Answering a direct request for decision-making advice isn't necessarily unethical, and it may even be the right thing to do in certain circumstances (for example, in a case of physical abuse). However, many times, you can do more good by having a coaching conversation instead. I've talked about coaching in general as incorporating several key guidelines: get permission for having the discussion; inquire and reflect more than you advocate; remain curious; and focus on solutions, rather than problems. There's one specific approach that I've found to be particularly helpful when coaching a client attempting to make a decision, especially when that decision involves just two or three clearly defined alternatives (such as taking an action vs. doing nothing). It can help the person to see aspects of a complex issue that they've overlooked, which — in combination with skillful questioning and reflection — often enables them to discover a creative, satisfying resolution. What follows is an example of how you might describe this method to a client and then put it into practice.

Sample Conversation

Client: "Tell me honestly — what do you think I should do? Should I quit my job or not?"

Therapist: "That's a hard question. This is a big decision, and I don't know enough to say what's going to be best for you. I do know of a decision-making method that's often useful in this kind of situation, and I'd be happy to walk you through it to help you get clearer on what you really want. Would that be helpful, or no?"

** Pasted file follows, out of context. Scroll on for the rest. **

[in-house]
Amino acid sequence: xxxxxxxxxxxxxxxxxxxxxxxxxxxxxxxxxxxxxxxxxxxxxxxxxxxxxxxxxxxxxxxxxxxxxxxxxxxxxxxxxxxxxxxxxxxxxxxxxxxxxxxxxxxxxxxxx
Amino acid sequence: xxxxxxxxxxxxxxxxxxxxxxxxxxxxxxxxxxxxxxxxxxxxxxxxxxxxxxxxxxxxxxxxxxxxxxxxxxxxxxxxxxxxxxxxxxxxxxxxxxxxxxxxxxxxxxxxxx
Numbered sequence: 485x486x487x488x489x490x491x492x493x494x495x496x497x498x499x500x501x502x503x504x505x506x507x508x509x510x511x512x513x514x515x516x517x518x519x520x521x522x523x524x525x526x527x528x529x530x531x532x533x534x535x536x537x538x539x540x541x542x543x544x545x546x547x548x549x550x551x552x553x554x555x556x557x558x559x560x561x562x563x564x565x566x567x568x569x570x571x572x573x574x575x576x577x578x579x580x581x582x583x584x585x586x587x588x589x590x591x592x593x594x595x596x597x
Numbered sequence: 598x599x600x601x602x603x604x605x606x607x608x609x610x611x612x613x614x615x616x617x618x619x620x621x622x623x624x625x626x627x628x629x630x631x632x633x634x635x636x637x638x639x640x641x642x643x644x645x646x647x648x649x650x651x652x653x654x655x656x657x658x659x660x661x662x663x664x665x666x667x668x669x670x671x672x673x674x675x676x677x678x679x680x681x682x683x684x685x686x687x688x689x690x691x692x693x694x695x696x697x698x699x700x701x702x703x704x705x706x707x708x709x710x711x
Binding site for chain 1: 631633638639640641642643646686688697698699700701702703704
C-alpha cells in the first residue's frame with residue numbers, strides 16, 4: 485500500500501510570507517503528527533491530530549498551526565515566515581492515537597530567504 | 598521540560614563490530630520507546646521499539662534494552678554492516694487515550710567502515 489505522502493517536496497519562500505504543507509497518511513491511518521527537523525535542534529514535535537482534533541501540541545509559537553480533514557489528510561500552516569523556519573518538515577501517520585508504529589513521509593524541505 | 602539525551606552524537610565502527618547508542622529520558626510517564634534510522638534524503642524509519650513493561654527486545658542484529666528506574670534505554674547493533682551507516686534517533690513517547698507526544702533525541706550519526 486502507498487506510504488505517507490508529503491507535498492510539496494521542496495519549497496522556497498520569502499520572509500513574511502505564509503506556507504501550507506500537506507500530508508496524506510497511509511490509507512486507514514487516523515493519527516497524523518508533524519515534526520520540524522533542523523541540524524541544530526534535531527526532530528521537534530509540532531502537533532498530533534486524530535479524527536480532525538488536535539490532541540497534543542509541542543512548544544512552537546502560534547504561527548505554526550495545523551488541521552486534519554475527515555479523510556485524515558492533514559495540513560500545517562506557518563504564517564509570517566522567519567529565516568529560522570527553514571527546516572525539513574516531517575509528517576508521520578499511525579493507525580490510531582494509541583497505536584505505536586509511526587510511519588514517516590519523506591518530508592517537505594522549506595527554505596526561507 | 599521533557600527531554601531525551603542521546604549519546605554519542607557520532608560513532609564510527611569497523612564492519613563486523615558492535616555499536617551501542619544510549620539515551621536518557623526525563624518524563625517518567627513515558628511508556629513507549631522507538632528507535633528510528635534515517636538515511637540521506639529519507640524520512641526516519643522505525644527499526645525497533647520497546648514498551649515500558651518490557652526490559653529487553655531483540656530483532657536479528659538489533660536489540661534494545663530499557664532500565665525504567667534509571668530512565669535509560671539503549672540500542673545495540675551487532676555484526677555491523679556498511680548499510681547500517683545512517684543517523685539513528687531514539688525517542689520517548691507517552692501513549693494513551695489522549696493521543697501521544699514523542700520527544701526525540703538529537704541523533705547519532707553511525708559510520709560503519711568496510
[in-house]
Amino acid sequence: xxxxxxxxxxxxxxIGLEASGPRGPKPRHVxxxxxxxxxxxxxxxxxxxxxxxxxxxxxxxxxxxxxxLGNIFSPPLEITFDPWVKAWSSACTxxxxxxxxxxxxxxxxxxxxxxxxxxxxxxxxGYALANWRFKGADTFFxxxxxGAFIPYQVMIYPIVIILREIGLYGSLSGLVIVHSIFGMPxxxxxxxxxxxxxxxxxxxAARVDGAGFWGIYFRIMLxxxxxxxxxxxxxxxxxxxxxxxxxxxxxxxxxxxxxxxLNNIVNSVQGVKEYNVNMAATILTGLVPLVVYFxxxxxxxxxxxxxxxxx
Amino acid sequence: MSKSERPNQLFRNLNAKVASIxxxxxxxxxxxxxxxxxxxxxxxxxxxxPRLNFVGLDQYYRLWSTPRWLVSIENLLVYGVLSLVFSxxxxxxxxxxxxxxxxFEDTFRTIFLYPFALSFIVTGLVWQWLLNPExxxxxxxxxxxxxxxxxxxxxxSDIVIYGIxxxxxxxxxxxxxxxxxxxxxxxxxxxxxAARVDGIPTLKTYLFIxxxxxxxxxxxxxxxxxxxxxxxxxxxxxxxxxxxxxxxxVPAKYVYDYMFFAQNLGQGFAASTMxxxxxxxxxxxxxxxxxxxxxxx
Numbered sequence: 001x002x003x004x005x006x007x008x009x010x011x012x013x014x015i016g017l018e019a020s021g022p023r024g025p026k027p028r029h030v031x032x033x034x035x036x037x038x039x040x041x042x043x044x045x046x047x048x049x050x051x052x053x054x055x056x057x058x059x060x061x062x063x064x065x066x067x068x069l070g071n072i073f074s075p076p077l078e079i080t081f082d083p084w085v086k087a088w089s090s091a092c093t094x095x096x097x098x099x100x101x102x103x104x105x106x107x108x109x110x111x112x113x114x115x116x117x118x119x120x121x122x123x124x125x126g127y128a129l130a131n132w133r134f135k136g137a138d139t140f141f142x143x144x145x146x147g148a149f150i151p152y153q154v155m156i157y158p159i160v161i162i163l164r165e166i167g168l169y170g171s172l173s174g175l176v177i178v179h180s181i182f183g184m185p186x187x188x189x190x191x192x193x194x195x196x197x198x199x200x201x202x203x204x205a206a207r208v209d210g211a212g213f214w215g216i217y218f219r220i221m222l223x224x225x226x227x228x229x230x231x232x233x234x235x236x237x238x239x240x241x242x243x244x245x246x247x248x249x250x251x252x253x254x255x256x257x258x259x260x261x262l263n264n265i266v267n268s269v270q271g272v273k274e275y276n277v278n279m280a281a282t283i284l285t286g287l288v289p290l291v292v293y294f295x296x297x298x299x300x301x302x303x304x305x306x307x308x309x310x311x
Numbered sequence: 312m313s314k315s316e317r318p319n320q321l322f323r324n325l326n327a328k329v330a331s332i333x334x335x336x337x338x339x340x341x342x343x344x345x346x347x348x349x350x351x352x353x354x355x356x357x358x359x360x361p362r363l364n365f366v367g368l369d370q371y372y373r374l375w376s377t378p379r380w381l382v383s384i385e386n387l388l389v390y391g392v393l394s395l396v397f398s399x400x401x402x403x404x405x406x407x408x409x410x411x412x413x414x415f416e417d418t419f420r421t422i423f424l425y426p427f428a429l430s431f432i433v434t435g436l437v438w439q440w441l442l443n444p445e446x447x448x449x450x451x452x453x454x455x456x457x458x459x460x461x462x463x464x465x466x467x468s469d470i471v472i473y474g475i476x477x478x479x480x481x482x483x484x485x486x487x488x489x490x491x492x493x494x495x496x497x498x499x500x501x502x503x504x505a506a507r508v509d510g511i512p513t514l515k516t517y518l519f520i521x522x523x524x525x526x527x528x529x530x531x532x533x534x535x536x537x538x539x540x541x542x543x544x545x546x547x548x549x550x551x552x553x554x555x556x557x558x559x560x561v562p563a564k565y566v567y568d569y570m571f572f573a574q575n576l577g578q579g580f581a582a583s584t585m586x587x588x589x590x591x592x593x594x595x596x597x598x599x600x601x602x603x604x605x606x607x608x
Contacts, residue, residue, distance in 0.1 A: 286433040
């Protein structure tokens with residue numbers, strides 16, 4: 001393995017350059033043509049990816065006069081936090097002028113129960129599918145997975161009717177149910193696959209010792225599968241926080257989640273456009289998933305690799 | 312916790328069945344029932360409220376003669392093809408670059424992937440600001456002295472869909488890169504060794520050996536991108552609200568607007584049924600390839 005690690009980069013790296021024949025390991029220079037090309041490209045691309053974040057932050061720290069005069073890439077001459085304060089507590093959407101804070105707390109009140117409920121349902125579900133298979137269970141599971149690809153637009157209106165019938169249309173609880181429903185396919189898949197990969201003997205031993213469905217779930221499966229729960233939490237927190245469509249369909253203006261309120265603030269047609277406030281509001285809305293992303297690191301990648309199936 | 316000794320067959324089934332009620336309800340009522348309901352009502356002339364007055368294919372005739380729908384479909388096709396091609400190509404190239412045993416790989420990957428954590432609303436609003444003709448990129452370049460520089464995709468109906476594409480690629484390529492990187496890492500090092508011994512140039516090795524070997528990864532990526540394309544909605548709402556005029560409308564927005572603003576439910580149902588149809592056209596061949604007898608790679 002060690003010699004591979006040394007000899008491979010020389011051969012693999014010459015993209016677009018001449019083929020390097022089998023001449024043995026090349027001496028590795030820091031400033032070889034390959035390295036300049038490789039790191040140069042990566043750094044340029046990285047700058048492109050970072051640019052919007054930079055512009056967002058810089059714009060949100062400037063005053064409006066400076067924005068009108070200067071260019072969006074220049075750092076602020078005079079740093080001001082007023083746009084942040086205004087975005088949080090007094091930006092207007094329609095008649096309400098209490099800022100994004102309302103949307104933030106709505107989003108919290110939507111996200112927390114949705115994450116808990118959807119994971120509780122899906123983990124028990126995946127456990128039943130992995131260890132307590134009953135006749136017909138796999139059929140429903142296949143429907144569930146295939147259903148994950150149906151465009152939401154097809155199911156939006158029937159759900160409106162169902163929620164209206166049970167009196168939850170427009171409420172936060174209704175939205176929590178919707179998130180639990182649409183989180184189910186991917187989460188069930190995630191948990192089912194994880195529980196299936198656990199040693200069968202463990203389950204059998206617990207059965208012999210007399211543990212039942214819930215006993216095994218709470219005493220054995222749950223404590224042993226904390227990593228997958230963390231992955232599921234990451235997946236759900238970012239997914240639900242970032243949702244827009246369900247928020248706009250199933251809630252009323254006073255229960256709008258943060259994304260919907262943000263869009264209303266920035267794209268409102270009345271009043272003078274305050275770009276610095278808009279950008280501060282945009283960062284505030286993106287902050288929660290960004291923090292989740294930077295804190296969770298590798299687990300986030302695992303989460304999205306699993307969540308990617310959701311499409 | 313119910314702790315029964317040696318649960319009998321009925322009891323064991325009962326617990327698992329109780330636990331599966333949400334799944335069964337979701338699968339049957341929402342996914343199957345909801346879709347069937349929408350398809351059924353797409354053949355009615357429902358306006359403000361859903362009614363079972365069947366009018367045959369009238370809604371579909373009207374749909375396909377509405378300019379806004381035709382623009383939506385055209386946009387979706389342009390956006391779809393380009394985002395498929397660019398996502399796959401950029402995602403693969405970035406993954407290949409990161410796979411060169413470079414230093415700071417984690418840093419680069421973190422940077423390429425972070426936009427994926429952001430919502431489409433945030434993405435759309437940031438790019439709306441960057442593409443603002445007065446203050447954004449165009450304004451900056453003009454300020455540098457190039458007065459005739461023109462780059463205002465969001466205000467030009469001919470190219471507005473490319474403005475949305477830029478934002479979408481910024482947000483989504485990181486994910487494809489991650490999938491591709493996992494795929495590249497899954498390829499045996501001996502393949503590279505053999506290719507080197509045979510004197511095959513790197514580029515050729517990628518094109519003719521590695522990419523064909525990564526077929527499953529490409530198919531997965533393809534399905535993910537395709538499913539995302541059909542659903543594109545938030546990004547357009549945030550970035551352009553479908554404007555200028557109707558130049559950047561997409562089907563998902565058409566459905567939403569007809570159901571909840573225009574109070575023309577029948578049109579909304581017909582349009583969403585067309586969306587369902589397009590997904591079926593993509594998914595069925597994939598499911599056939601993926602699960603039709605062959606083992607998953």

Client: "I was hoping you'd just tell me what to do! But okay, sure, we can try that method."

Therapist: "Okay, great. What I'll invite you to do is to first spend some time thinking about all the advantages of leaving your job. Focus just on the positives — on how that makes sense and could improve your life. Then you'll switch and instead consider all the advantages of staying in your job. Do you want to give this a try?"

Client: "Sure."

Therapist: "Okay, so what's good about the idea of leaving your job?"

Client: "At the moment, everything about leaving seems good! I'm so exhausted and burnt out. I think if I got out of this situation, I'd be a lot happier and more relaxed."

Therapist: "Anything else that would be good?"

Client: "I'd have more time with my kids. My oldest will be going off to college next year, and I want to be more present for her while she's still here. Of course, I can't go without an income forever. I can't be unemployed six months from now. So maybe this is a really irresponsible idea, and I should just stay where I am."

Therapist: "So now you're getting into the downsides of leaving your job. Before we go there, is there anything else that's positive about leaving?"